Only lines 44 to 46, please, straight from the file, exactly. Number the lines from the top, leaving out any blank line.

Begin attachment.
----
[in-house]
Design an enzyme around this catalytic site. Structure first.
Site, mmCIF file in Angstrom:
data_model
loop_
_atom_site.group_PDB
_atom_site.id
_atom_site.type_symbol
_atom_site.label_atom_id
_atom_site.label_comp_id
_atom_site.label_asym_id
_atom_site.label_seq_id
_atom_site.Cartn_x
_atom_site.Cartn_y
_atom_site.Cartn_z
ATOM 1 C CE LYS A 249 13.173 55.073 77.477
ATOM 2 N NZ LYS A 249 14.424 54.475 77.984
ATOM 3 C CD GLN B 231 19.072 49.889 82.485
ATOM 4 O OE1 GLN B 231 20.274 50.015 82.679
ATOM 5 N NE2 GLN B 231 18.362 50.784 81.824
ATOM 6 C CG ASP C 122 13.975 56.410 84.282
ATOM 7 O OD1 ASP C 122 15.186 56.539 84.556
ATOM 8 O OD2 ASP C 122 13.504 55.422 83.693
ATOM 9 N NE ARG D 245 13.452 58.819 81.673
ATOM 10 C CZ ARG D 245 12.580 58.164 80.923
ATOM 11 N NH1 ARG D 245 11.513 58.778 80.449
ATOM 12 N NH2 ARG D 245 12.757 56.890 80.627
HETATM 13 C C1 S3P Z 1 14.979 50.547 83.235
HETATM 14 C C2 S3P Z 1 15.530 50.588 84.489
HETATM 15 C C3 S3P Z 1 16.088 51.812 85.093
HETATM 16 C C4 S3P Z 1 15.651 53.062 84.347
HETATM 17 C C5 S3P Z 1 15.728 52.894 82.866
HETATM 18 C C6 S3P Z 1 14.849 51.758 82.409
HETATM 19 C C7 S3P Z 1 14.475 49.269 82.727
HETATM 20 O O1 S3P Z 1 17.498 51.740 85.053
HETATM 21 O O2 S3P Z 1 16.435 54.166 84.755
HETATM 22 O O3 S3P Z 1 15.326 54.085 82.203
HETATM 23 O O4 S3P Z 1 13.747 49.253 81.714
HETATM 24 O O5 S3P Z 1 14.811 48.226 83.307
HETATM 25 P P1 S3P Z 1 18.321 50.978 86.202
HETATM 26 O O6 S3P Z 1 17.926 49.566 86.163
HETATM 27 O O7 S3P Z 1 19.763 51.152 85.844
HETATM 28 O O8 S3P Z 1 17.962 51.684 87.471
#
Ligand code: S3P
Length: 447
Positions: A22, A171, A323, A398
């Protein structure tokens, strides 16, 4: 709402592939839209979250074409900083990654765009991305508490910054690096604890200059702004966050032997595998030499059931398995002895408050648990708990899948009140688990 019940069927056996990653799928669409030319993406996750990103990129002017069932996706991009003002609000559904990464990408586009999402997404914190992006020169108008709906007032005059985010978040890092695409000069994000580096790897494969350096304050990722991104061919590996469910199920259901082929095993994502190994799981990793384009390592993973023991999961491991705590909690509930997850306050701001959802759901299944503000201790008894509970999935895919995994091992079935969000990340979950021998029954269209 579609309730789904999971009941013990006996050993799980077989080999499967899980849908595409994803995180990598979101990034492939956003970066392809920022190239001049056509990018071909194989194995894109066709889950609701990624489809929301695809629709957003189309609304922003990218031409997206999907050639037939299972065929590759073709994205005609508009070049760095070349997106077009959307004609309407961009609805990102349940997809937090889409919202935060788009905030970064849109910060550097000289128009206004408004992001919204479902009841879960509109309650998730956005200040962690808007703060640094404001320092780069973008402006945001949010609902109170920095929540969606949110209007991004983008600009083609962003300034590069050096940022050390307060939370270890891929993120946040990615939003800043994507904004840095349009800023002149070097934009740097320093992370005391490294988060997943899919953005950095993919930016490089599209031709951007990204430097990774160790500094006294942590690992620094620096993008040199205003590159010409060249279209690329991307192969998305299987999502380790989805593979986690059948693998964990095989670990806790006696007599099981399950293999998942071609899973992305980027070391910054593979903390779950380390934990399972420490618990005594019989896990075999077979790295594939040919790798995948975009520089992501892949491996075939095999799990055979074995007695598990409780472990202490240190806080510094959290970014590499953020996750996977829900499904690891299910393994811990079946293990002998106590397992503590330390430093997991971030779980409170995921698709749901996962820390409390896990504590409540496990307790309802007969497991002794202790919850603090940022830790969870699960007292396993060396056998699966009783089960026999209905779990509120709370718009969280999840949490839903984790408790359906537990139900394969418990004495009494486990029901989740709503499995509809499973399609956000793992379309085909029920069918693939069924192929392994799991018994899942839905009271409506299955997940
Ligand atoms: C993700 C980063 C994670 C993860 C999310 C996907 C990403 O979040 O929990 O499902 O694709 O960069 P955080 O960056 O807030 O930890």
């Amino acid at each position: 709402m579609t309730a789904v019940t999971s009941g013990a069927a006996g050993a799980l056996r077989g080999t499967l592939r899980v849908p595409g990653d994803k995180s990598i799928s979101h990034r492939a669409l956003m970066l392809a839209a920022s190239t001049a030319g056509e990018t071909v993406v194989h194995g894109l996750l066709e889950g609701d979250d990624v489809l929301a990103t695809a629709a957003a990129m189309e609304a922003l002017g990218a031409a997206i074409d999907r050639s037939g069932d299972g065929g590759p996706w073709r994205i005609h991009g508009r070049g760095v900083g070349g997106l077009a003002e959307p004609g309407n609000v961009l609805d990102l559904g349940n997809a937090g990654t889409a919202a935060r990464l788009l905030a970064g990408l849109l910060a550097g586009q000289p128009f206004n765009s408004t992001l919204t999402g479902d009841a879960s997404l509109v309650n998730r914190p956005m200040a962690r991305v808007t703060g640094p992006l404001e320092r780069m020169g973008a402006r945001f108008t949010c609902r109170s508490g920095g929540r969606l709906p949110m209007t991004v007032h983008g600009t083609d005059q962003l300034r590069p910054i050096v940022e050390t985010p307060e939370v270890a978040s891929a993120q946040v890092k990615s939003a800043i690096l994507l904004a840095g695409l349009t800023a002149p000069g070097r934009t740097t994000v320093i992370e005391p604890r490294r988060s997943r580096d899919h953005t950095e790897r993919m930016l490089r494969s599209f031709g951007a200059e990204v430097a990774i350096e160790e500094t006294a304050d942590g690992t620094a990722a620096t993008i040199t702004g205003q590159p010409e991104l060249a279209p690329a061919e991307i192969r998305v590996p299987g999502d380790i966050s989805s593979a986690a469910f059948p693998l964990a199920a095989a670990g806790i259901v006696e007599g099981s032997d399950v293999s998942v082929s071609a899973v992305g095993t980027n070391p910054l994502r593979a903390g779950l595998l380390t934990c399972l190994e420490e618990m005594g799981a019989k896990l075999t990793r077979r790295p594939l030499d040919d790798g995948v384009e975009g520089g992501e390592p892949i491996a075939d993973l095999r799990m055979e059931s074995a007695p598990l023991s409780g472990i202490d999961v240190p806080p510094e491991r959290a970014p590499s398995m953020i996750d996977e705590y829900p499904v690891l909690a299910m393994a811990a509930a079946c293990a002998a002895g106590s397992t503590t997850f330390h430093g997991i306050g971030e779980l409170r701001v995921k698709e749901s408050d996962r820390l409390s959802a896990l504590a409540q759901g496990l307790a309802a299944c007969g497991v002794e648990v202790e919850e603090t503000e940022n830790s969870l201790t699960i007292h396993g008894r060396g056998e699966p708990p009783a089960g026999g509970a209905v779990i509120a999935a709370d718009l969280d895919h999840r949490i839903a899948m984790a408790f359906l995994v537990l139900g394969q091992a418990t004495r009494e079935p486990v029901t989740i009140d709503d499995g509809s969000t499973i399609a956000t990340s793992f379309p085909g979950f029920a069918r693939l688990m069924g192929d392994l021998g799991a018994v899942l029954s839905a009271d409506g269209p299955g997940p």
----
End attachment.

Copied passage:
#
Ligand code: S3P
Length: 447